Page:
In the time that I have been writing this column I have accumulated many different topics. The requests have been varied, but I must admit, I never would have come up with this week's topic myself. A reader has asked about vehicles owned by dead people.
The question is not as far out as you might think, and has some very important legal considerations. The lawyer I spoke with to gather background information suggested that on the death of a sole registered owner, the plates be cancelled, a storage insurance policy be purchased, and the vehicle be parked until the estate is probated.
If the vehicle is owned "jointly" (both husband and wife are registered as owners, jointly), then the surviving spouse automatically is granted ownership as a right of survivorship. The registration still needs to be straightened out, but the vehicle does not form part of the estate of the deceased and there is, therefore, no need to wait for probate of the estate for the surviving spouse to do whatever they want with the vehicle.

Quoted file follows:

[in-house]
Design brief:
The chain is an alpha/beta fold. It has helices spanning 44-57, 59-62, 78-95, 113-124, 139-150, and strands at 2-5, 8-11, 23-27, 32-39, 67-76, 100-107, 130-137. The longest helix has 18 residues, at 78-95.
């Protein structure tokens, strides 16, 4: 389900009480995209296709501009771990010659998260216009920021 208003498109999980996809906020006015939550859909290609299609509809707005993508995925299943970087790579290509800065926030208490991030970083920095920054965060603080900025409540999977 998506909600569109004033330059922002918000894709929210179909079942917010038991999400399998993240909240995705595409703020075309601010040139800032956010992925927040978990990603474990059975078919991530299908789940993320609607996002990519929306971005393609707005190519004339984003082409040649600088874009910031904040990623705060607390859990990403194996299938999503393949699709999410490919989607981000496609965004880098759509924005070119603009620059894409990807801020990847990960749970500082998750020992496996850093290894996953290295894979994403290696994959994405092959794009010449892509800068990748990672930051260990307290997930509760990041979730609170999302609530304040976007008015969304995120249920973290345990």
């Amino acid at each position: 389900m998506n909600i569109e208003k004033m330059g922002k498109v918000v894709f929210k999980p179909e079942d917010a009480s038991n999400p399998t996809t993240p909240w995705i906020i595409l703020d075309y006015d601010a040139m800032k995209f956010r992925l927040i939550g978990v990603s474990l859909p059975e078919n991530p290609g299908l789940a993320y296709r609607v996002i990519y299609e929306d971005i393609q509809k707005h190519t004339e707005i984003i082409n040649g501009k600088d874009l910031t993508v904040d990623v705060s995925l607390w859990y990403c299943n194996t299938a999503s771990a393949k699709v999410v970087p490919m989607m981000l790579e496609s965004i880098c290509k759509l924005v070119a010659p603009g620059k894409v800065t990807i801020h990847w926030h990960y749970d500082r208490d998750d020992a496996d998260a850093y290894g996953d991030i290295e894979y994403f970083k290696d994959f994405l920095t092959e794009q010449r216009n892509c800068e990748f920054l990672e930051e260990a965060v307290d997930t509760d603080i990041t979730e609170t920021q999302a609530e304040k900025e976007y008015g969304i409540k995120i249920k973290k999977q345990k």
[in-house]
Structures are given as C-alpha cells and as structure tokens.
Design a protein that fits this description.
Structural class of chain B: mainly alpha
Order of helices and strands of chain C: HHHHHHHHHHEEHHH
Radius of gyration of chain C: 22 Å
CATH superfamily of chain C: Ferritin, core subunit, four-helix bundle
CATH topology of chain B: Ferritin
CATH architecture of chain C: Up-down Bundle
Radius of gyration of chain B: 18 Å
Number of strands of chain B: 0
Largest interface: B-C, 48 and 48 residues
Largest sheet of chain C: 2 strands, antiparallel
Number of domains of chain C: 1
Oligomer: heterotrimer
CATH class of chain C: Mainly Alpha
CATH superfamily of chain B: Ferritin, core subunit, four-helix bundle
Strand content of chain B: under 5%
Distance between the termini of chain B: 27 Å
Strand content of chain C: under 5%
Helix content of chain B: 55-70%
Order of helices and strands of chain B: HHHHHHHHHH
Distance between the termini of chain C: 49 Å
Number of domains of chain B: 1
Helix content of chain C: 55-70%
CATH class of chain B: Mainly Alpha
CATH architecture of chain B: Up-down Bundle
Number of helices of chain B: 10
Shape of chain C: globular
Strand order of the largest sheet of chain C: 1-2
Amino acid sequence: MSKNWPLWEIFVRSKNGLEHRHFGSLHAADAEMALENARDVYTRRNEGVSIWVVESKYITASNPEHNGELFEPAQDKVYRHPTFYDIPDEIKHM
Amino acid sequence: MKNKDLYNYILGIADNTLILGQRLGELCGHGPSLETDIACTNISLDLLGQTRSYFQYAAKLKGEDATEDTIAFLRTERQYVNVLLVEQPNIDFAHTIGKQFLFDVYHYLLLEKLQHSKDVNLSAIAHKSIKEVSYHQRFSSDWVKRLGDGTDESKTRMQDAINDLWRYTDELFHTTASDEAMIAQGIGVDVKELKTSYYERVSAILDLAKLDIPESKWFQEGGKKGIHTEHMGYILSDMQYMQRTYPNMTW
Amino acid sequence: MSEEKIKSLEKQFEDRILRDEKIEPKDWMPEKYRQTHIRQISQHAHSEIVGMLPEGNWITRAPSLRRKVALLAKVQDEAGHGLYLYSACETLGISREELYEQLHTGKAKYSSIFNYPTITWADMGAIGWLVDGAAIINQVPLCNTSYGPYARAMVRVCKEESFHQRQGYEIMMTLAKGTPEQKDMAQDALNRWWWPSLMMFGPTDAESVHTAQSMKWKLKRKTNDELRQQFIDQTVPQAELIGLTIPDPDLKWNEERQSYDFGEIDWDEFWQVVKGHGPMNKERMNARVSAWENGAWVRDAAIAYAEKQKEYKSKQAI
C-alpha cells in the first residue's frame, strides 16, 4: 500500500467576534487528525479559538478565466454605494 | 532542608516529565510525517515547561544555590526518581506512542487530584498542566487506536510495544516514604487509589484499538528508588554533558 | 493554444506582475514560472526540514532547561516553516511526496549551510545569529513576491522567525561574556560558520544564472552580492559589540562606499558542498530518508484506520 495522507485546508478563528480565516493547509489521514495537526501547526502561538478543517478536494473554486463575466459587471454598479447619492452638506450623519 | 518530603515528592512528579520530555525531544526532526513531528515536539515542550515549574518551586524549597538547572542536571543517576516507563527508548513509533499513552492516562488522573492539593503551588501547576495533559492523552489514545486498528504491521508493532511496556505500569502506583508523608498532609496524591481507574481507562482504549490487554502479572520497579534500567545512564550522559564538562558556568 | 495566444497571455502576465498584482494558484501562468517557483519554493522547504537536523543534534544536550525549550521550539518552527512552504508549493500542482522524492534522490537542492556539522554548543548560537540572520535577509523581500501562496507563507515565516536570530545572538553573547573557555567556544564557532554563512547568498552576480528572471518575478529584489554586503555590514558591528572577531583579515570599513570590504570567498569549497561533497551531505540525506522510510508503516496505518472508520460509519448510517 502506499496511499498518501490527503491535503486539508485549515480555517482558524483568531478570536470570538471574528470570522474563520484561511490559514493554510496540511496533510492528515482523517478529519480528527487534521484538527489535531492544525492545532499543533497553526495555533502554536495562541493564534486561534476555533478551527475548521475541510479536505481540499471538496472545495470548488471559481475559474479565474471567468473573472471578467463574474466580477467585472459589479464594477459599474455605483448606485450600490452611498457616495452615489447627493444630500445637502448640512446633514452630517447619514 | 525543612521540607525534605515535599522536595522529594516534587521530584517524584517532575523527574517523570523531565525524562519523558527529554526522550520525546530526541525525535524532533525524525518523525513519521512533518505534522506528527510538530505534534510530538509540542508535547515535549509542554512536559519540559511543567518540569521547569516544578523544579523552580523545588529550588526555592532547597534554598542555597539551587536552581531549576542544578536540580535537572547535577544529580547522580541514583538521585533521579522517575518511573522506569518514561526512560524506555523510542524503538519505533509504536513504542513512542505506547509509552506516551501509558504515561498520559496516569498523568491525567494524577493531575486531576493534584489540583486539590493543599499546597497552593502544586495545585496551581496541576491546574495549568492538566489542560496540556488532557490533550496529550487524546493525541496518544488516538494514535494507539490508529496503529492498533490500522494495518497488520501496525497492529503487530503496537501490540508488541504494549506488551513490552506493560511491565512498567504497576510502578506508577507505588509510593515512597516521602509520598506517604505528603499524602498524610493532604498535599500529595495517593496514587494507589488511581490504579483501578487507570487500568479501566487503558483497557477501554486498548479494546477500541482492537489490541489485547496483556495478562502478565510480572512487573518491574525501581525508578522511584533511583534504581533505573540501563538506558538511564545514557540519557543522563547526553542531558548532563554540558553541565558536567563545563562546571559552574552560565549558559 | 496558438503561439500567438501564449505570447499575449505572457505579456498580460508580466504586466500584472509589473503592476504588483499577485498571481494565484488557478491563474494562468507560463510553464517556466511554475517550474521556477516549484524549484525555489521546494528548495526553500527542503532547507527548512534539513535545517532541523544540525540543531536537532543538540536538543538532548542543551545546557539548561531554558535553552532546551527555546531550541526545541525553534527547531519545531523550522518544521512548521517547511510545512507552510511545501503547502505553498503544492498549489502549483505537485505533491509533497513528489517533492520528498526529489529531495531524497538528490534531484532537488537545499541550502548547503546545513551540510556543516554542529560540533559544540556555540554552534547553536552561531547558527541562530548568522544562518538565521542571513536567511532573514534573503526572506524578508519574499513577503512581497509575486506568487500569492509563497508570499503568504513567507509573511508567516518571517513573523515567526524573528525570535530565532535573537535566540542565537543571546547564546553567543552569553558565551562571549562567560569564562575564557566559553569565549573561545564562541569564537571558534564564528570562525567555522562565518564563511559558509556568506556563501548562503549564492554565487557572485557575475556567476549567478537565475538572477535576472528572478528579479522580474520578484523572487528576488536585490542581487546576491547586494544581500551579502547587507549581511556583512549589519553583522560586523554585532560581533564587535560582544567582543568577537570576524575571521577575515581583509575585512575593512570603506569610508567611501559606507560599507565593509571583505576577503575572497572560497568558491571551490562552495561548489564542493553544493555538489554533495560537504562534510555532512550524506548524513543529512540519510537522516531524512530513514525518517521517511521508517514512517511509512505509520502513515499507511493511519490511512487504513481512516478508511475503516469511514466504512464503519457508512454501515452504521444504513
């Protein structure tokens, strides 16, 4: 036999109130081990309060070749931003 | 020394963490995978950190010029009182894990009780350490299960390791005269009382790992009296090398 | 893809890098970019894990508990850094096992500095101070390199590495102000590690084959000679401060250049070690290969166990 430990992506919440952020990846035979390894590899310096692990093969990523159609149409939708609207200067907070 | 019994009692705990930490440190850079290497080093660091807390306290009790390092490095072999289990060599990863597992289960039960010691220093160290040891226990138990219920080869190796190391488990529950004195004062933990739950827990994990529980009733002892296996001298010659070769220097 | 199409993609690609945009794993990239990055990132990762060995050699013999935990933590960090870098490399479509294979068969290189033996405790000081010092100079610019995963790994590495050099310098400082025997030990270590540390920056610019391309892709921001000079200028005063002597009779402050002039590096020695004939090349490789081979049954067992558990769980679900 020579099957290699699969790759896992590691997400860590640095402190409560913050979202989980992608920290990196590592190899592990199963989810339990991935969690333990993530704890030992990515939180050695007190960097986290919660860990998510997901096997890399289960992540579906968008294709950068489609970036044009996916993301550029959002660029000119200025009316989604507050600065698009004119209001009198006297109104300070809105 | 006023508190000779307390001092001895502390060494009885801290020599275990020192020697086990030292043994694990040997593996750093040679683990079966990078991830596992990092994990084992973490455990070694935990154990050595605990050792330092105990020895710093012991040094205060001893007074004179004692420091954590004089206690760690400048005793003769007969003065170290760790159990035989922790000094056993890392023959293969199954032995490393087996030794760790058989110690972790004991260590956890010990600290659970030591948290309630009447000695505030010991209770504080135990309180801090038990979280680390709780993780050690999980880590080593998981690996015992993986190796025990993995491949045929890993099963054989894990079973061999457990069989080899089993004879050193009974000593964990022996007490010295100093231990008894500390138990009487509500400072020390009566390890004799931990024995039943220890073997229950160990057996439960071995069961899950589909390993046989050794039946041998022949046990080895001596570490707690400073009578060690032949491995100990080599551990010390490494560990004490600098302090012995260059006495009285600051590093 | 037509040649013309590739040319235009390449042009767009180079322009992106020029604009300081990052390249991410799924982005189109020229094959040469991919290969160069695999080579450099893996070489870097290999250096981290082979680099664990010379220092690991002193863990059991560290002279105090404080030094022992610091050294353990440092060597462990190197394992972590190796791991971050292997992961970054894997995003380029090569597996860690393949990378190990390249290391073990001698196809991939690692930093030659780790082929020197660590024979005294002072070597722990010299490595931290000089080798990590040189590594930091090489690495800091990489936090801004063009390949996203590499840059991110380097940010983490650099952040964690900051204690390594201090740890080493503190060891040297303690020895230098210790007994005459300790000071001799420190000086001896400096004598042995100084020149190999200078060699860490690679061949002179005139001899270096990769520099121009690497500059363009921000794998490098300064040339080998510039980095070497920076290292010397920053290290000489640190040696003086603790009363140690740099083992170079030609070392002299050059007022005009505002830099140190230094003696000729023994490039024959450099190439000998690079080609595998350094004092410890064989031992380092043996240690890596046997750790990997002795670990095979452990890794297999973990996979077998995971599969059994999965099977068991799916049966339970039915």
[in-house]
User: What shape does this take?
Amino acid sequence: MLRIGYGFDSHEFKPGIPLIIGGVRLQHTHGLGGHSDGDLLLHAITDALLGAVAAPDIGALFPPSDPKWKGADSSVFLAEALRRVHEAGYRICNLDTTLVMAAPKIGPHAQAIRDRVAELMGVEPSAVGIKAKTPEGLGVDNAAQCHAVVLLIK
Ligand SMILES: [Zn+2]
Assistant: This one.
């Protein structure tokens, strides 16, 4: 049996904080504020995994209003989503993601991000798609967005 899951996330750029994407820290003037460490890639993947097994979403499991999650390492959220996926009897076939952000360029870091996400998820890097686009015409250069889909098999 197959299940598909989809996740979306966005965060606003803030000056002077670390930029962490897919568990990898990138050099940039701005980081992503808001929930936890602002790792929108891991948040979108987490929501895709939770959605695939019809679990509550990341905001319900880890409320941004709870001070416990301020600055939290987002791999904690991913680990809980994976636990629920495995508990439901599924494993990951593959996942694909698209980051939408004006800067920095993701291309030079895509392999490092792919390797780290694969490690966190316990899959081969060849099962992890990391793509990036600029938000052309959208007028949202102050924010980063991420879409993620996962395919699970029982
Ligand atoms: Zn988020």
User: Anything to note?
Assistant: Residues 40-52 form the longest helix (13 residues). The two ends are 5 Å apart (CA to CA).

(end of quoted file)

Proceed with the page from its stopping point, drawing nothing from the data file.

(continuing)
If others continue to use the vehicle after the registered owner's death, be sure all insurance companies with an interest in the vehicle are notified of the situation. Failure to do so could result in a denial of insurance coverage if the vehicle were damaged or stolen.
How does a deceased registered owner get a red light camera ticket, and how do the police require this person to give details regarding the driver if the vehicle is involved in a breach of the Motor Vehicle Act? The responsibility falls on the shoulders of the executor or administrator of the estate. This is the person the law places the burden on, and it can be a very heavy responsibility if things go wrong.
My lawyer advisor strongly recommends that an executor get legal advice immediately on becoming involved with the administration of an estate.